Donald Runnicles Conducts Brahms and Strauss
Saturday at 8:00PM
Just a year before he died, Richard Strauss composed four songs meditating on life, death, and our final transition, perhaps expressing the inevitability of his own passing. Soprano Jaquelyn Stucker, "a singing actress to be reckoned with" (Boston Globe), brings these four songs to life with her glowing and incandescent voice. Sadly, Strauss didn't live to hear the songs performed, making this performance in Symphony Hall all the more poignant.
Melody Eötvös was commissioned by the Grand Teton Music Festival in 2020 to celebrate the 100th anniversary of women's suffrage, which Wyoming granted 50 years before the rest of the United States. The work that follows is The Deciding Machine, an orchestral piece exploring the life of Ada Lovelace, one of the first computer programmers who published an algorithm used on the first computer, the "Analytical Engine."
Brahms' First Symphony was given the nickname "Beethoven's Tenth" early on, and it's a compliment worth keeping. Brahms long lived in the shadow of the earlier composer, but to be compared to him is a great honor. Everything Brahms composed previously — all the sonatas, concertos and variations — led to this point, 20 years of work until he finally completed this symphony at age 43. Listen closely, and you’ll hear echoes of Beethoven within a work that is both an homage and, at the same time, distinctly Brahms.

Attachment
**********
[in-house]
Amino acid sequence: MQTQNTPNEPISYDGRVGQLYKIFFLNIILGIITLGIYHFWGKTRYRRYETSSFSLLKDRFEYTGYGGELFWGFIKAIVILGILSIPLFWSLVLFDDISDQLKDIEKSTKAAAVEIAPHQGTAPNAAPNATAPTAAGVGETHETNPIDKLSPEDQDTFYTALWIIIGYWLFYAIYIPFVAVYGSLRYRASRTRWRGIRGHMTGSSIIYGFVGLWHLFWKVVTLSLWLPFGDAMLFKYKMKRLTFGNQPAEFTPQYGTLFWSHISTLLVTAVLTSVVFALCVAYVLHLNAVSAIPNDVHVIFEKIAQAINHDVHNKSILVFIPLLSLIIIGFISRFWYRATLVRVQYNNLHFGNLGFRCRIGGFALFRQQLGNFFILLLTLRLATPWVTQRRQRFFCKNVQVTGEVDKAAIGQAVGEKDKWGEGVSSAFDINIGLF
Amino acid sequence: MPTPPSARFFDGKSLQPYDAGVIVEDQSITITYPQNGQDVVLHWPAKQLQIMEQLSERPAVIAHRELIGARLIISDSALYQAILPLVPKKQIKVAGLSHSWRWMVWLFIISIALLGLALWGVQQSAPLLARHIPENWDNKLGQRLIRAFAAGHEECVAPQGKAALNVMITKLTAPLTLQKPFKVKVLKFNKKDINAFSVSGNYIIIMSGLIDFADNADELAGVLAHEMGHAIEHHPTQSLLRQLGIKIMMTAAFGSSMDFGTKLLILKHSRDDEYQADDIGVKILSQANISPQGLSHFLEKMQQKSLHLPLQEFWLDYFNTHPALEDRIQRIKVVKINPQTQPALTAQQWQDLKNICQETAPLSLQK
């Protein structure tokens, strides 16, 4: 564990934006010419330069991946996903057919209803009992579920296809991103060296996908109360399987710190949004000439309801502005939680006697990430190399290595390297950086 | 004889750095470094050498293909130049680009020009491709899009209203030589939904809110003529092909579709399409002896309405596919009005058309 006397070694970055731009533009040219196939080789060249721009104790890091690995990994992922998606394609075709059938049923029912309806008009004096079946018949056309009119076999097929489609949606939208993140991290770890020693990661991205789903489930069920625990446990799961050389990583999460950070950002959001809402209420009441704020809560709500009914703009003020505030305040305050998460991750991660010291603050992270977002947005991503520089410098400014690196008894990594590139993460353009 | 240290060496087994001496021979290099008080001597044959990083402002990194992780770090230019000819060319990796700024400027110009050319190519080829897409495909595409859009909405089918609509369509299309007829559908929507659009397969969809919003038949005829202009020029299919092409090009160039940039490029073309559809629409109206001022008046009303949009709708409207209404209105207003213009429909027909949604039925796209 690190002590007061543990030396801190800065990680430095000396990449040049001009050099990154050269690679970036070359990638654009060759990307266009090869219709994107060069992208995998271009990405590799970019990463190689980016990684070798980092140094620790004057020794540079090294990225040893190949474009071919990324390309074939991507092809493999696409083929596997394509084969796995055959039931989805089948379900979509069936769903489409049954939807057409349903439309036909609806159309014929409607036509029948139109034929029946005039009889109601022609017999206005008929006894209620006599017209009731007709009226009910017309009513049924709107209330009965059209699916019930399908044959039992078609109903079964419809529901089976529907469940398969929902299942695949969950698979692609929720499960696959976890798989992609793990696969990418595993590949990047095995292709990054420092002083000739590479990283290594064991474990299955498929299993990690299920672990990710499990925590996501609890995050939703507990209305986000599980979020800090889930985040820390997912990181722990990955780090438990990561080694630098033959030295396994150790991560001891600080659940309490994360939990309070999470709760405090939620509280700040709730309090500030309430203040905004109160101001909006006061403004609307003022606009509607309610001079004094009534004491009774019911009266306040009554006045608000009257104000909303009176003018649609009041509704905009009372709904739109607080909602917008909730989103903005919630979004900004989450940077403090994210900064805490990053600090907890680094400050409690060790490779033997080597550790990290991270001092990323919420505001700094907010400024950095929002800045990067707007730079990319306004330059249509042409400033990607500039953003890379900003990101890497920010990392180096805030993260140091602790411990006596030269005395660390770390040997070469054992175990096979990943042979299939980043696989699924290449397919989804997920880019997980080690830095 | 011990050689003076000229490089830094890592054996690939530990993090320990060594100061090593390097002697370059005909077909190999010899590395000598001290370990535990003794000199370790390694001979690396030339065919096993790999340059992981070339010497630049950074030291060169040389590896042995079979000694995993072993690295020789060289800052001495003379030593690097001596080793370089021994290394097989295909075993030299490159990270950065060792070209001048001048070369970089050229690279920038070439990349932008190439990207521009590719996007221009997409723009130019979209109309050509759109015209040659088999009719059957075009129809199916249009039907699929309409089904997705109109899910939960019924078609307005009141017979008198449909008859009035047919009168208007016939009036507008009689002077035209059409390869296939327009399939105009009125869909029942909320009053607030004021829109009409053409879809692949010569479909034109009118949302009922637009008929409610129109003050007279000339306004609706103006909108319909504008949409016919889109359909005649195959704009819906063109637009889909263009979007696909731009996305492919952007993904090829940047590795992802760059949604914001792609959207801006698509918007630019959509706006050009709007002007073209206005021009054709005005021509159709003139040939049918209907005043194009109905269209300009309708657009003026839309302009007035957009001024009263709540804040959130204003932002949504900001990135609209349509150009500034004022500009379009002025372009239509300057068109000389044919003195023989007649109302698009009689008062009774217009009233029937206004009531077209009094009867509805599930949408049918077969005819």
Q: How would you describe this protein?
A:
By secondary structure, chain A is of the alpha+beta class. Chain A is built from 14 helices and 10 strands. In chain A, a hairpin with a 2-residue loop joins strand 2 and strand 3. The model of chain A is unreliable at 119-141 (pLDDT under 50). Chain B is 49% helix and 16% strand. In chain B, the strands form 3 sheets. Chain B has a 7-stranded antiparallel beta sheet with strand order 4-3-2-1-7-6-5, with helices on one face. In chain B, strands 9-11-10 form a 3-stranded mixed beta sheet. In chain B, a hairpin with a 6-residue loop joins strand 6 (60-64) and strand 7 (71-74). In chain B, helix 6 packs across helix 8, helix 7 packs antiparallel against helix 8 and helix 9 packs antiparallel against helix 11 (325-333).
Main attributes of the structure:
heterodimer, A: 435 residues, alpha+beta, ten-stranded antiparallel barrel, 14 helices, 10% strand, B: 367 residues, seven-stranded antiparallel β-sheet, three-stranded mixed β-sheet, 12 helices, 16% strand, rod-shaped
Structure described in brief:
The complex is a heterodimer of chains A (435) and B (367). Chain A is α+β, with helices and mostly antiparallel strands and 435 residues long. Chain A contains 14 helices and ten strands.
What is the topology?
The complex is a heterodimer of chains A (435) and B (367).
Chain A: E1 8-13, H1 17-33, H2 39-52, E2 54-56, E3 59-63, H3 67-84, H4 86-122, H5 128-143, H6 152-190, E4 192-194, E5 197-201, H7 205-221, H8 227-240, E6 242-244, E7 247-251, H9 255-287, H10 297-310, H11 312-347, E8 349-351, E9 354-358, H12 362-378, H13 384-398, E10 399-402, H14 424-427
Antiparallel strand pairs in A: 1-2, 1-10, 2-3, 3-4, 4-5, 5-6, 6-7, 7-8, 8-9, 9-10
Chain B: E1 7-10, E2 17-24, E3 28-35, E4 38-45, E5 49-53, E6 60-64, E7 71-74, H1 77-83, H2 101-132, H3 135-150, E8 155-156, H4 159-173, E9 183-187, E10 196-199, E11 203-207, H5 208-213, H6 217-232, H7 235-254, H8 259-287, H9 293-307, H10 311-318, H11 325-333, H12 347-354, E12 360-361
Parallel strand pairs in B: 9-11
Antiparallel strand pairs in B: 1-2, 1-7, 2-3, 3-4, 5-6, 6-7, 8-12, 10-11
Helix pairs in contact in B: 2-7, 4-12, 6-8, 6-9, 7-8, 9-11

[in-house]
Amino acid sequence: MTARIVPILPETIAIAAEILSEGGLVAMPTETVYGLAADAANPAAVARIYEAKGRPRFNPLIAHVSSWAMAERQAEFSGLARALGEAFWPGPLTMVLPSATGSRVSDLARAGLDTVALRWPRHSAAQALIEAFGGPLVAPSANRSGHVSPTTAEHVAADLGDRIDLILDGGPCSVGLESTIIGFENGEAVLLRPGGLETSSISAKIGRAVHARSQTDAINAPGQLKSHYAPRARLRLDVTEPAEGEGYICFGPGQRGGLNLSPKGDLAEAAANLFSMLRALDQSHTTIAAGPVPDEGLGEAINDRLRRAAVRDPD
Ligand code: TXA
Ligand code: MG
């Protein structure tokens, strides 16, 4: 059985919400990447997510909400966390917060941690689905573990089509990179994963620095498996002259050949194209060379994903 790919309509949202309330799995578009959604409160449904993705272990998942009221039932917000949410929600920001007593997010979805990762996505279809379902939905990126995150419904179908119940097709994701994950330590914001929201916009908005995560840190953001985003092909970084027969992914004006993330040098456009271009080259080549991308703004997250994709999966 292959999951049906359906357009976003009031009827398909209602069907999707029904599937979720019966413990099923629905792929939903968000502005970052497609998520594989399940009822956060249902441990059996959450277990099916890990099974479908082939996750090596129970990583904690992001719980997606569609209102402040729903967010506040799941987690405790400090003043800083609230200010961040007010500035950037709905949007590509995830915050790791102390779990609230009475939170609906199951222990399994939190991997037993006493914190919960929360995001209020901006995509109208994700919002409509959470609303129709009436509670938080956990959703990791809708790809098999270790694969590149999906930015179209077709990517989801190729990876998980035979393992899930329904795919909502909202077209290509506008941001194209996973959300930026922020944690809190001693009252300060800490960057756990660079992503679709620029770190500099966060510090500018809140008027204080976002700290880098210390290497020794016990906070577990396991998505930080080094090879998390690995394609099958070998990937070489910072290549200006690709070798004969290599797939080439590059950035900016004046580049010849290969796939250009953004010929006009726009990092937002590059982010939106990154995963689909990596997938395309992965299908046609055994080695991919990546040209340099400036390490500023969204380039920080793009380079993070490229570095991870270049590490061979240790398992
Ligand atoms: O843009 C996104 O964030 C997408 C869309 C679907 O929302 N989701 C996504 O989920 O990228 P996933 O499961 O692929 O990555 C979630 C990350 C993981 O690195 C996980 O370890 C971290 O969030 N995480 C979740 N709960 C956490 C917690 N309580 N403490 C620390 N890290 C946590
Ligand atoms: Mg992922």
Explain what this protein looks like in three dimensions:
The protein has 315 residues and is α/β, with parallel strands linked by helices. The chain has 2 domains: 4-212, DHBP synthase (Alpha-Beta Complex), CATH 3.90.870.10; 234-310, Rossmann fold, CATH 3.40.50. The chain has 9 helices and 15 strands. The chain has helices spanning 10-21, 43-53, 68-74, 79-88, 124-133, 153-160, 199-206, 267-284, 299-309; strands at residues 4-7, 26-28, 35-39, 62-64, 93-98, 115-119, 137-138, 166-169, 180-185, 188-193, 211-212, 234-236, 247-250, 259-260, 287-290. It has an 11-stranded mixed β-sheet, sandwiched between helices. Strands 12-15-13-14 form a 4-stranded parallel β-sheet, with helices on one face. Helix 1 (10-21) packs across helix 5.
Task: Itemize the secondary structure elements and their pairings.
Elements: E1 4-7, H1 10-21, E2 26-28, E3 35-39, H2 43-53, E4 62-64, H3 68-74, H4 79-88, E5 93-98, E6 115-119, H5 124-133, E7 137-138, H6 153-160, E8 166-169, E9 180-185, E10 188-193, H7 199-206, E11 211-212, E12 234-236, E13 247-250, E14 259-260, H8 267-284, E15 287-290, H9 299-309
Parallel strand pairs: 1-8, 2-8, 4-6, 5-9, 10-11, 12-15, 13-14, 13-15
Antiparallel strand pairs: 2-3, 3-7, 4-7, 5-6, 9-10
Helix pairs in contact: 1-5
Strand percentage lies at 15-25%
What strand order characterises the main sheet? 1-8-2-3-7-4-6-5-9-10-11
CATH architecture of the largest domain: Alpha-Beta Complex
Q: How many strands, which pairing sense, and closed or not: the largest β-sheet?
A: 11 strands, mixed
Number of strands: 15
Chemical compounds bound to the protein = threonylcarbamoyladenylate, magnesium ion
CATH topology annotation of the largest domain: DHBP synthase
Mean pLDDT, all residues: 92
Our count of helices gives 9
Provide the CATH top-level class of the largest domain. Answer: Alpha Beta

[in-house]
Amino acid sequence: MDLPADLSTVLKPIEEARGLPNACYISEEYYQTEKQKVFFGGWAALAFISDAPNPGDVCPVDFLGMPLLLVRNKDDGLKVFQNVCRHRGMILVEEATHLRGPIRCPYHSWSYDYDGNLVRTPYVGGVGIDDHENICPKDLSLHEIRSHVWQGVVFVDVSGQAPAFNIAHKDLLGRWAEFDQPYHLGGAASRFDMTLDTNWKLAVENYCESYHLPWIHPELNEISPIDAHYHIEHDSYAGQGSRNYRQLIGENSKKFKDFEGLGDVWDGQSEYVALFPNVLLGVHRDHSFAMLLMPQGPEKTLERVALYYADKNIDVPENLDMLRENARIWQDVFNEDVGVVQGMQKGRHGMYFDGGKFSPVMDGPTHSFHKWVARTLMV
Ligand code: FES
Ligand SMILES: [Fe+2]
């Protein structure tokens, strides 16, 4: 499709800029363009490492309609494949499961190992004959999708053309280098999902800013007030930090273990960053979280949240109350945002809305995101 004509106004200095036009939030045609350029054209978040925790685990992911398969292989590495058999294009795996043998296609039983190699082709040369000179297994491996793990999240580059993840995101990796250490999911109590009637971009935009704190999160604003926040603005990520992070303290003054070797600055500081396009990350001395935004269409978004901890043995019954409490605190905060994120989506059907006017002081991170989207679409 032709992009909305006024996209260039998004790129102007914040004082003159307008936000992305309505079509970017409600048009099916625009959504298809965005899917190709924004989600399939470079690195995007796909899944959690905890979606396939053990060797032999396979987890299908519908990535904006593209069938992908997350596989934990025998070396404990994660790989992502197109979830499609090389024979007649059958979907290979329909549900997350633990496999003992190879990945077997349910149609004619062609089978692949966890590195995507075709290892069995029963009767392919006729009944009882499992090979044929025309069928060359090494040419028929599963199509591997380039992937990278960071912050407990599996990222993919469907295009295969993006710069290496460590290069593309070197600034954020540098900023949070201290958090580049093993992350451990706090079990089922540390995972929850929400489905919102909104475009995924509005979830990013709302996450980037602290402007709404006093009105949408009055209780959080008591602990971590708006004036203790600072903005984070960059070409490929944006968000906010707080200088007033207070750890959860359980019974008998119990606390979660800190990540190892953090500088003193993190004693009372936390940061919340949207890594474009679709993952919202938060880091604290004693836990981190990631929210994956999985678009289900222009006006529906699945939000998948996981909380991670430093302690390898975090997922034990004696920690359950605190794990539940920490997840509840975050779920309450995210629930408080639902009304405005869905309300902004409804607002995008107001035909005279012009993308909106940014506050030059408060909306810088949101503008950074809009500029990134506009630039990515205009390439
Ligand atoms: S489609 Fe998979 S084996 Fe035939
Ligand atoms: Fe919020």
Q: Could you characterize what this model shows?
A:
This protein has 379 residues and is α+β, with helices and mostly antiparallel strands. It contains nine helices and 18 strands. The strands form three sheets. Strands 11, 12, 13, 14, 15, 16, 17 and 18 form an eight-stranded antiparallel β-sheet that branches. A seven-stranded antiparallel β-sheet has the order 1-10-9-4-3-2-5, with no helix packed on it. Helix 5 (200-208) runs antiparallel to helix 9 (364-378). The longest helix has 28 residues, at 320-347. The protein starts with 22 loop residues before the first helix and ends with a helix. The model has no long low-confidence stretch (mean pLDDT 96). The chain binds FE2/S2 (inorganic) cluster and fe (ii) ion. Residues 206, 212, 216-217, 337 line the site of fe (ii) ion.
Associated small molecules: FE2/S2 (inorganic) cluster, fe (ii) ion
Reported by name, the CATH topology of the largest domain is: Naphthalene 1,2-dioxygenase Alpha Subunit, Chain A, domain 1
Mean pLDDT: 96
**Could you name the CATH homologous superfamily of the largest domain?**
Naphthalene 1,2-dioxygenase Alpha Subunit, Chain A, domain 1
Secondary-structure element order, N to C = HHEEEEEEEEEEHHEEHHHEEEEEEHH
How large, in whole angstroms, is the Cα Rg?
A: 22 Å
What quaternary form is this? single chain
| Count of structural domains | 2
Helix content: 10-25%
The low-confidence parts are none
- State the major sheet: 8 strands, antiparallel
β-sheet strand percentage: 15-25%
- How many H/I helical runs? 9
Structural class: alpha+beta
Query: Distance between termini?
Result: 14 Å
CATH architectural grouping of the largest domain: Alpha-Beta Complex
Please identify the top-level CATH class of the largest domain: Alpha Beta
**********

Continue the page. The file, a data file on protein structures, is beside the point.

Atlanta Symphony Hall will be implementing a mandatory vaccine policy for audiences. Proof of vaccination or a negative COVID-19 test taken within 72 hours prior to performance, as well as matching photo ID, will be required upon arrival to Atlanta Symphony Hall. As of November 1, patrons under 12 will not be required to show proof of vaccination or a negative COVID-19 test. More details are available on our Health & Safety page.